In accordance with a further preferred embodiment of the invention the logarithm of the width indexes is used instead of the width indexes. Through this logarithmic evaluation of the values on the abscissa of the associated histogram an independence is also achieved from the scanning speed, the printing scale and the reading distance. The spacing between the maxima of the frequency distribution for different element widths at the same print ratio is in particular of the same size with such a logarithmic assessment of the width indexes. Since different scanning speeds, different printing scales and different reading distances result in different widths, and thus in different width indexes of the code elements that are found, the dependency on these factors can be eliminated through the logarithmic assessment. A simpler evaluation of the histogram that is found is also possible thereby.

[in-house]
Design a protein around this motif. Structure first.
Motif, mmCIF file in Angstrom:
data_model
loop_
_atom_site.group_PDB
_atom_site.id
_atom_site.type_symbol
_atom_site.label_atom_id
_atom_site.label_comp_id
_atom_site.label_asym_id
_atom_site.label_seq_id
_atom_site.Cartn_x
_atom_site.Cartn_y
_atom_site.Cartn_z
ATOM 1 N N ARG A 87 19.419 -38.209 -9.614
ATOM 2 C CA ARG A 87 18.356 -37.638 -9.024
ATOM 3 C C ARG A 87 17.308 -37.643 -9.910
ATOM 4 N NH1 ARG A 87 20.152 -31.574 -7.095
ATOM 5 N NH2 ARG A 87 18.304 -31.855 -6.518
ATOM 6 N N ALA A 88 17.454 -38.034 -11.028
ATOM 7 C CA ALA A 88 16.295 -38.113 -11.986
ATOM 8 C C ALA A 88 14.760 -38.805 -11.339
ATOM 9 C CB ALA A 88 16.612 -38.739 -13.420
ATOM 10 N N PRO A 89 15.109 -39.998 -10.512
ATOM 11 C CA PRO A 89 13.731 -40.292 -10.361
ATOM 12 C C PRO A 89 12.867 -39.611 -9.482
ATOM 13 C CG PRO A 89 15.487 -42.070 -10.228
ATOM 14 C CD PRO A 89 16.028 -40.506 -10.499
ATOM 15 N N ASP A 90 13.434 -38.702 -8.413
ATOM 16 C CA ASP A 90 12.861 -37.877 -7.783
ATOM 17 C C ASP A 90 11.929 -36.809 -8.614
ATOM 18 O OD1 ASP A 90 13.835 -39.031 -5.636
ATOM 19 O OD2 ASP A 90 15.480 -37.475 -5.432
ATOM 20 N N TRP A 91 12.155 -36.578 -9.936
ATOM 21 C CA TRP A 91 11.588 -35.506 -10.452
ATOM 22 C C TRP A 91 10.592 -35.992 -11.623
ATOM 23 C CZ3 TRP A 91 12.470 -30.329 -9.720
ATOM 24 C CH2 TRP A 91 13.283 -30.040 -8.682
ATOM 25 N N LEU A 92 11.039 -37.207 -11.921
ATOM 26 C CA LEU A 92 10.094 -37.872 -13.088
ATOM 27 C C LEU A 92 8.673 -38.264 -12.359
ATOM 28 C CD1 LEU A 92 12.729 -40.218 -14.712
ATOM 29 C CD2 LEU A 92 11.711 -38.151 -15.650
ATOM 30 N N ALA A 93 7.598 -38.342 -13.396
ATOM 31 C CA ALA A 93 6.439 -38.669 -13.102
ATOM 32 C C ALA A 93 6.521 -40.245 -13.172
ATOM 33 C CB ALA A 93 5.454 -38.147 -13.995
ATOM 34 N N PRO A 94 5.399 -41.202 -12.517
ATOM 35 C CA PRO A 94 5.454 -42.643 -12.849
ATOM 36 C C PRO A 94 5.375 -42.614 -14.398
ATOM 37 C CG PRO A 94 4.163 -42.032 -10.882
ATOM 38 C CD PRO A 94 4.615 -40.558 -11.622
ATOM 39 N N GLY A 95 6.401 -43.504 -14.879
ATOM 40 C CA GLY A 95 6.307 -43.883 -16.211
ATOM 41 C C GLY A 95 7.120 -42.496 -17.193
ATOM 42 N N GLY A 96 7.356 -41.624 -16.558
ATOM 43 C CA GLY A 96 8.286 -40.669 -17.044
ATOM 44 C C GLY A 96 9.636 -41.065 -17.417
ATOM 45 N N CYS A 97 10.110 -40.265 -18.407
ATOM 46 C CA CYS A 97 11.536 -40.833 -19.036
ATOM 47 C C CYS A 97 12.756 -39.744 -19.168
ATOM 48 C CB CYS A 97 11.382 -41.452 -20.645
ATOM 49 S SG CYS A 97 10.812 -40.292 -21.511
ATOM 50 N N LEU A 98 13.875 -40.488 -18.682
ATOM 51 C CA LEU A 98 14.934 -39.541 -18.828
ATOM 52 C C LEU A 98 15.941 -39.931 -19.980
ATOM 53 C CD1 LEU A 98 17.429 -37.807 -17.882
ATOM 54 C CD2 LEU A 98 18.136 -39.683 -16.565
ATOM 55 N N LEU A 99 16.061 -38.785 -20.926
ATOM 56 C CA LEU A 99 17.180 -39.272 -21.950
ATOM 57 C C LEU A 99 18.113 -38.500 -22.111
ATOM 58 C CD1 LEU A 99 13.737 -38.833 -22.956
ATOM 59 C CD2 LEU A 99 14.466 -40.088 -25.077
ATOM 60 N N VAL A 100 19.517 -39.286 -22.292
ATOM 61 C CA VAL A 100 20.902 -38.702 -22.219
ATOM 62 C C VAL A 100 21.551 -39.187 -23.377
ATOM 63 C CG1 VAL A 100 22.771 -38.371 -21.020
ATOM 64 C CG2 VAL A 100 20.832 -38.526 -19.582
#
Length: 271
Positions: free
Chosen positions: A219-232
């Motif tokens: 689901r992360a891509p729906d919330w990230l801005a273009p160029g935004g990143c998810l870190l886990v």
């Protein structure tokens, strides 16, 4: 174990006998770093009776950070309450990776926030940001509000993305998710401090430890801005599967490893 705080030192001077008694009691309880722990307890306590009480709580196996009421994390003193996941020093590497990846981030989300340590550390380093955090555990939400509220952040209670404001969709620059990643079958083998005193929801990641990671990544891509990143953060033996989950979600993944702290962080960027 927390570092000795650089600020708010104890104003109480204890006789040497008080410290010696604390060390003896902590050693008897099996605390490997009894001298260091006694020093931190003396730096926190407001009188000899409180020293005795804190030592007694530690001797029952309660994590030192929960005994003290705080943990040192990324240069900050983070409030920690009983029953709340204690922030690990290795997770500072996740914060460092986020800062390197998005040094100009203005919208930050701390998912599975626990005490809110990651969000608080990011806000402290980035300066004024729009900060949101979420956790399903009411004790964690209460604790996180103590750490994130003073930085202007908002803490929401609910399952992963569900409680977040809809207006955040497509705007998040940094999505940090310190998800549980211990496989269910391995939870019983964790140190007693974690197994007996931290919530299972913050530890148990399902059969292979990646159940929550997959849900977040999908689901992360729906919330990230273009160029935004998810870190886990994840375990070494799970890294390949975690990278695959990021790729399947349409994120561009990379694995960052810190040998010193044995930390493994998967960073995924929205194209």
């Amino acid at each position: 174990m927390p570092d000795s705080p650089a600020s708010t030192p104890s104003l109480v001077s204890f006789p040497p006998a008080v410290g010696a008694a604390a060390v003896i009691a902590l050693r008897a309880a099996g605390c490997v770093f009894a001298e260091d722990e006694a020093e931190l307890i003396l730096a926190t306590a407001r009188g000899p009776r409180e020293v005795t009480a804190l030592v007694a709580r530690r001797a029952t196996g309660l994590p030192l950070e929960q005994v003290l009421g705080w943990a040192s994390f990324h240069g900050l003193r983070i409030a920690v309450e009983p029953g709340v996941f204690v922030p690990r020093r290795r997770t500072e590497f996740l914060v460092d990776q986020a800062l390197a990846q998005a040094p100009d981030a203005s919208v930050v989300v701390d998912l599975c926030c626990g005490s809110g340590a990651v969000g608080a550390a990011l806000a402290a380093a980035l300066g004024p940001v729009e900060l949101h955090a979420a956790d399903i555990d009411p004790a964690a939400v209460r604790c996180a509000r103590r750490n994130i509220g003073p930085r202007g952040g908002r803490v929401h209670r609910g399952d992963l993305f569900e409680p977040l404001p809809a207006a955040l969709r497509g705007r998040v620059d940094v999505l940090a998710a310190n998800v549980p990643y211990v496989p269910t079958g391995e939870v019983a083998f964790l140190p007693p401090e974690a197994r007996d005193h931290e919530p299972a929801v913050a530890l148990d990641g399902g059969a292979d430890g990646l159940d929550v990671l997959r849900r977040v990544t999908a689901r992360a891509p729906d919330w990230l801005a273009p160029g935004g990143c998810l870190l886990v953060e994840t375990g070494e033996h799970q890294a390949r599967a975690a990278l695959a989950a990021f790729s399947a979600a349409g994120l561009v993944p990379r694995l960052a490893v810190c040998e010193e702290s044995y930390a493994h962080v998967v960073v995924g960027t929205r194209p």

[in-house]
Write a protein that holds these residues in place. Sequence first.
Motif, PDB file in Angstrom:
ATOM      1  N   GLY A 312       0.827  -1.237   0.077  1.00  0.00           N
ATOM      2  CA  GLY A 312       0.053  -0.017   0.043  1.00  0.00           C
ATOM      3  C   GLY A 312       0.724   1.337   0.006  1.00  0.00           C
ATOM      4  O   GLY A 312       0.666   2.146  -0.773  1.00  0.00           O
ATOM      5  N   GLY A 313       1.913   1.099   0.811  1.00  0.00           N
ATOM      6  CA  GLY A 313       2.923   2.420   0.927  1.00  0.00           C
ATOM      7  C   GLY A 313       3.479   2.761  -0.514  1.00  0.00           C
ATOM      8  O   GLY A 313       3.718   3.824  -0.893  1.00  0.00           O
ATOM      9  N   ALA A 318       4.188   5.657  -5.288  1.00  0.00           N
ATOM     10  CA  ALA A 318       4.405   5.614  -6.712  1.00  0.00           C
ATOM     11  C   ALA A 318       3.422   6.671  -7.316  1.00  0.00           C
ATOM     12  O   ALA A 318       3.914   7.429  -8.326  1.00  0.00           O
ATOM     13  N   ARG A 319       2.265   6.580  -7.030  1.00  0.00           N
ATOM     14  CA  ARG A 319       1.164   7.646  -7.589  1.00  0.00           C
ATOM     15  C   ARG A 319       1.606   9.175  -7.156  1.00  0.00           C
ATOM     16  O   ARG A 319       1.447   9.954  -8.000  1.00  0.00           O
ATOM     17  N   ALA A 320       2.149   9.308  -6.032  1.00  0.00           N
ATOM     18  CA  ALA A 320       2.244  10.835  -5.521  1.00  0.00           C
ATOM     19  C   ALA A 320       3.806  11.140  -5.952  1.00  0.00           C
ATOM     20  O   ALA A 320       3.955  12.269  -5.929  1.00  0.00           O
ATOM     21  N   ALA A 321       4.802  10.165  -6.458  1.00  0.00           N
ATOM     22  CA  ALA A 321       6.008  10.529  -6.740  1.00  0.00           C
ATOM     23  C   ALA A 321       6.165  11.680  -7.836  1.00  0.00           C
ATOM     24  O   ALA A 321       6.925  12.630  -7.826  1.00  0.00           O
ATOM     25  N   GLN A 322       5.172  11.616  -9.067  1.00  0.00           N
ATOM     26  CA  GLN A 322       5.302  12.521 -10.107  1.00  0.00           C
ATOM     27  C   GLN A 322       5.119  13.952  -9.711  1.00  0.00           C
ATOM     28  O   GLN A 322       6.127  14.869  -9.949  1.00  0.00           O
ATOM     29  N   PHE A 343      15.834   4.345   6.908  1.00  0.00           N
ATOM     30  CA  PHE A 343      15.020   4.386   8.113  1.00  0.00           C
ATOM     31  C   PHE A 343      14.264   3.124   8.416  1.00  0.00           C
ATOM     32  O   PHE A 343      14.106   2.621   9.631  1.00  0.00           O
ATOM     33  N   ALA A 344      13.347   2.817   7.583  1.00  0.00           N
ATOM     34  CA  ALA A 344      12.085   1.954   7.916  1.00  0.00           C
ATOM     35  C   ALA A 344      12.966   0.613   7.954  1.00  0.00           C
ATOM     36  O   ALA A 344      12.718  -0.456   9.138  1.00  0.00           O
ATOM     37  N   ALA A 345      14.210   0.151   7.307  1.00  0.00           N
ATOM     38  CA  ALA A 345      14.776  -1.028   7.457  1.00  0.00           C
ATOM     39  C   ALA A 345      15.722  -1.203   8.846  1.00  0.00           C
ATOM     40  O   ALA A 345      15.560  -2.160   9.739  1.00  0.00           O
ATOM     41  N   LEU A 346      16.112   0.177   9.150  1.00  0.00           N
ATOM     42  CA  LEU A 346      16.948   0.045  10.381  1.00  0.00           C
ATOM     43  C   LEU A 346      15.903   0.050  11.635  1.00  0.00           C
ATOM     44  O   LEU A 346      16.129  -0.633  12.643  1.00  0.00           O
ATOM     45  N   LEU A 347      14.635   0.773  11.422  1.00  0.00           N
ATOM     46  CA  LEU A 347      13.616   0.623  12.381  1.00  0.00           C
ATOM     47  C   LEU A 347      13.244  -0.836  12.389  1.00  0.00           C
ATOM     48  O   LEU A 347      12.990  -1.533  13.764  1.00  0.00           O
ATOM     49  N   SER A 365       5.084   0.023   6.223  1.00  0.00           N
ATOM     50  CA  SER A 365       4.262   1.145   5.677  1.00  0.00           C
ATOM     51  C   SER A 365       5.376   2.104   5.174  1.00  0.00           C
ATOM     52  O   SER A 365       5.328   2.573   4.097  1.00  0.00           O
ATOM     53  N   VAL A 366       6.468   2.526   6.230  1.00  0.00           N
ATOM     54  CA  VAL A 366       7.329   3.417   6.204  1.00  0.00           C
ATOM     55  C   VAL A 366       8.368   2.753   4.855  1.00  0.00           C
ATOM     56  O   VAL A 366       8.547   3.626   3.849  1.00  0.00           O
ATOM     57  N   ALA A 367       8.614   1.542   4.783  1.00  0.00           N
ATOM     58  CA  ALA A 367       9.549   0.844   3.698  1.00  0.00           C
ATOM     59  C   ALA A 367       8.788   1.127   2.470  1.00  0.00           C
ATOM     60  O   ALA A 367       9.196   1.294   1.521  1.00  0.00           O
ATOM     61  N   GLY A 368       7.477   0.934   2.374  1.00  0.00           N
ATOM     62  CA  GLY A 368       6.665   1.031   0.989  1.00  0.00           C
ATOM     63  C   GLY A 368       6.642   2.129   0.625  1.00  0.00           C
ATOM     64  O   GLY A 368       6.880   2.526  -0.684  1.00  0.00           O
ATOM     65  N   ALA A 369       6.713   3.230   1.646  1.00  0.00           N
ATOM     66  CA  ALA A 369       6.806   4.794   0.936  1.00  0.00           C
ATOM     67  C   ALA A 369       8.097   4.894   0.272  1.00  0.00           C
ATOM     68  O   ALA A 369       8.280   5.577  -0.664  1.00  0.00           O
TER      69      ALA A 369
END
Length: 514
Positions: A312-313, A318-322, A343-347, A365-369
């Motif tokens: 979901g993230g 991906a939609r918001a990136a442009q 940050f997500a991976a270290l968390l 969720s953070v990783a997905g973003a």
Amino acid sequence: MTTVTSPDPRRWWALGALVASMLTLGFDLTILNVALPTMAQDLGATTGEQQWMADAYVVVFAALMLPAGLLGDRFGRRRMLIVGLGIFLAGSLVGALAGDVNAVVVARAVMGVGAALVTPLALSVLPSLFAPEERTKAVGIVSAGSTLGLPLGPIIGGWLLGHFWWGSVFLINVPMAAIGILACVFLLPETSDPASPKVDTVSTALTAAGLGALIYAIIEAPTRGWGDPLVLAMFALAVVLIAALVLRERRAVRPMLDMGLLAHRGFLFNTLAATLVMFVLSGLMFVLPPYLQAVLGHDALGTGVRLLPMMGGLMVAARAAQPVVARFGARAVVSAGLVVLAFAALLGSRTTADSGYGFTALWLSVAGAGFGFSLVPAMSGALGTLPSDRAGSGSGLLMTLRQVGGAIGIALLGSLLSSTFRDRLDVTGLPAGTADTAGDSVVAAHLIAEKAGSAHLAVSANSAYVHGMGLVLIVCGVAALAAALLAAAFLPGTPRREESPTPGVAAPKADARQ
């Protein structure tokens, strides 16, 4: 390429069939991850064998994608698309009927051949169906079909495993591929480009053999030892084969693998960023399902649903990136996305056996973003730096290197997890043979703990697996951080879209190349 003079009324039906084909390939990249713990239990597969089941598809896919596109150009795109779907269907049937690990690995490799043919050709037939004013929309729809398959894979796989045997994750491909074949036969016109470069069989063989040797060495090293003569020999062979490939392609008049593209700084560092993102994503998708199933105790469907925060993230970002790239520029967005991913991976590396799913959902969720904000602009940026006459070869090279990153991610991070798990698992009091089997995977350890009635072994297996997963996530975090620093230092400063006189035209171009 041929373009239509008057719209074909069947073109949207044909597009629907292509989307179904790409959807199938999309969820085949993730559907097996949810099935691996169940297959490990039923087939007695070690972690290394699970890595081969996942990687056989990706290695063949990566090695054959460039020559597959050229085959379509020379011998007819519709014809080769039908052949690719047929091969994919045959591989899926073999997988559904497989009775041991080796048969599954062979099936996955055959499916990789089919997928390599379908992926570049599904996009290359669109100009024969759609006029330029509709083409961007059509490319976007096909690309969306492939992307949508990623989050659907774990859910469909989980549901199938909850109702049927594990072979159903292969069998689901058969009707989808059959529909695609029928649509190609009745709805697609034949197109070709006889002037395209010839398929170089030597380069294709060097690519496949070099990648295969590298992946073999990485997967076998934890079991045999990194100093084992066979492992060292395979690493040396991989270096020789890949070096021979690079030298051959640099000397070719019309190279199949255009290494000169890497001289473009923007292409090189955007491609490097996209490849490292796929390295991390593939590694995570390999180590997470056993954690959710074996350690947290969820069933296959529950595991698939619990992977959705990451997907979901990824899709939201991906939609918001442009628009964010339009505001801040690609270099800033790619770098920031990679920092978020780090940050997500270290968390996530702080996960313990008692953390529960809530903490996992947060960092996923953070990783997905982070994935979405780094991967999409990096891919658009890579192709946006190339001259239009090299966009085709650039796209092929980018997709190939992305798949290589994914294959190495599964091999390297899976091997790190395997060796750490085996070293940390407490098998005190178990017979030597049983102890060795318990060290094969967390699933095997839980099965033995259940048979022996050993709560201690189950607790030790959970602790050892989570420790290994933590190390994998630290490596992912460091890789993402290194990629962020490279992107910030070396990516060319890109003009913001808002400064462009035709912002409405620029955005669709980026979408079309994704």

Further advantageous embodiments are set forth in the subordinate claims.

BRIEF DESCRIPTIONS OF THE DRAWINGS

The invention will be described in more detail in the following with reference to embodiments and to the drawings in which are shown:

FIG. 1 the frequency distribution of the width indexes that are found for a two width code,

FIG. 2 the frequency distribution of the width indexes that are found for a two width code with changed widths of the code elements in comparison to the representation shown in FIG. 1,

FIG. 3 a corresponding frequency distribution of the width indexes in the scanning of stray printing,

FIG. 4 the frequency distribution of the width indexes for a four width code,